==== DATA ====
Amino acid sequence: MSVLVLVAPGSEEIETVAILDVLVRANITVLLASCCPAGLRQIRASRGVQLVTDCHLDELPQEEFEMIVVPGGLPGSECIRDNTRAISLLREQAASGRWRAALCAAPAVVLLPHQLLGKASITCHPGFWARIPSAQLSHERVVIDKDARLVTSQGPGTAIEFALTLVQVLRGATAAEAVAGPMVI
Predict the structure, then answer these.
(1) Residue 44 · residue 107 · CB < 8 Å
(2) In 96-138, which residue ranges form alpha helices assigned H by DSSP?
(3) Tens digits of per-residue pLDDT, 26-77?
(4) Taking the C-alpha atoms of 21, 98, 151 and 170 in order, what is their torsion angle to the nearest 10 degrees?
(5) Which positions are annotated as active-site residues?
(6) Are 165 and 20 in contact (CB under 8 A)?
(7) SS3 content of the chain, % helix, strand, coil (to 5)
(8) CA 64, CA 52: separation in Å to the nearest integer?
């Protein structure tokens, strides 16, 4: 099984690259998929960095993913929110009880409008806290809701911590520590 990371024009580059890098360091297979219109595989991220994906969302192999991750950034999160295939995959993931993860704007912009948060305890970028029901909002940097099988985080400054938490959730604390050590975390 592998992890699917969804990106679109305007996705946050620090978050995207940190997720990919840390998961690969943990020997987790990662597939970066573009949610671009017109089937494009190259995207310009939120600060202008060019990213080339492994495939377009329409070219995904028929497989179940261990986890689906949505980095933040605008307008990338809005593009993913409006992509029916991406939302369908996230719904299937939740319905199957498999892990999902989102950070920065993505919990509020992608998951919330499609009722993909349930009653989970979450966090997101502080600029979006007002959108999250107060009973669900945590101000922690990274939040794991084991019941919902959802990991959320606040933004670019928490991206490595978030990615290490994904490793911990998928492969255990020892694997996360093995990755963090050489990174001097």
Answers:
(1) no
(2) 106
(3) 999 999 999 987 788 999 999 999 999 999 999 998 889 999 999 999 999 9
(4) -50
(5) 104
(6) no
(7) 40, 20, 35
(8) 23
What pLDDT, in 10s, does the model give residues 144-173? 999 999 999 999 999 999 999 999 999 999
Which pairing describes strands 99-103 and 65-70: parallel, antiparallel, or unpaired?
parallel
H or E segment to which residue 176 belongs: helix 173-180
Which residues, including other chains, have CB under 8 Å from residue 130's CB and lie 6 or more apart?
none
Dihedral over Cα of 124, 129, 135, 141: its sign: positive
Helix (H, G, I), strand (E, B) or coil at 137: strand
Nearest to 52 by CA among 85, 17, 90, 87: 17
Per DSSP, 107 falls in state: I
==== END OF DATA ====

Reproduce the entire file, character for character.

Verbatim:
Amino acid sequence: MSVLVLVAPGSEEIETVAILDVLVRANITVLLASCCPAGLRQIRASRGVQLVTDCHLDELPQEEFEMIVVPGGLPGSECIRDNTRAISLLREQAASGRWRAALCAAPAVVLLPHQLLGKASITCHPGFWARIPSAQLSHERVVIDKDARLVTSQGPGTAIEFALTLVQVLRGATAAEAVAGPMVI
Predict the structure, then answer these.
(1) Residue 44 · residue 107 · CB < 8 Å
(2) In 96-138, which residue ranges form alpha helices assigned H by DSSP?
(3) Tens digits of per-residue pLDDT, 26-77?
(4) Taking the C-alpha atoms of 21, 98, 151 and 170 in order, what is their torsion angle to the nearest 10 degrees?
(5) Which positions are annotated as active-site residues?
(6) Are 165 and 20 in contact (CB under 8 A)?
(7) SS3 content of the chain, % helix, strand, coil (to 5)
(8) CA 64, CA 52: separation in Å to the nearest integer?
């Protein structure tokens, strides 16, 4: 099984690259998929960095993913929110009880409008806290809701911590520590 990371024009580059890098360091297979219109595989991220994906969302192999991750950034999160295939995959993931993860704007912009948060305890970028029901909002940097099988985080400054938490959730604390050590975390 592998992890699917969804990106679109305007996705946050620090978050995207940190997720990919840390998961690969943990020997987790990662597939970066573009949610671009017109089937494009190259995207310009939120600060202008060019990213080339492994495939377009329409070219995904028929497989179940261990986890689906949505980095933040605008307008990338809005593009993913409006992509029916991406939302369908996230719904299937939740319905199957498999892990999902989102950070920065993505919990509020992608998951919330499609009722993909349930009653989970979450966090997101502080600029979006007002959108999250107060009973669900945590101000922690990274939040794991084991019941919902959802990991959320606040933004670019928490991206490595978030990615290490994904490793911990998928492969255990020892694997996360093995990755963090050489990174001097």
Answers:
(1) no
(2) 106
(3) 999 999 999 987 788 999 999 999 999 999 999 998 889 999 999 999 999 9
(4) -50
(5) 104
(6) no
(7) 40, 20, 35
(8) 23
What pLDDT, in 10s, does the model give residues 144-173? 999 999 999 999 999 999 999 999 999 999
Which pairing describes strands 99-103 and 65-70: parallel, antiparallel, or unpaired?
parallel
H or E segment to which residue 176 belongs: helix 173-180
Which residues, including other chains, have CB under 8 Å from residue 130's CB and lie 6 or more apart?
none
Dihedral over Cα of 124, 129, 135, 141: its sign: positive
Helix (H, G, I), strand (E, B) or coil at 137: strand
Nearest to 52 by CA among 85, 17, 90, 87: 17
Per DSSP, 107 falls in state: I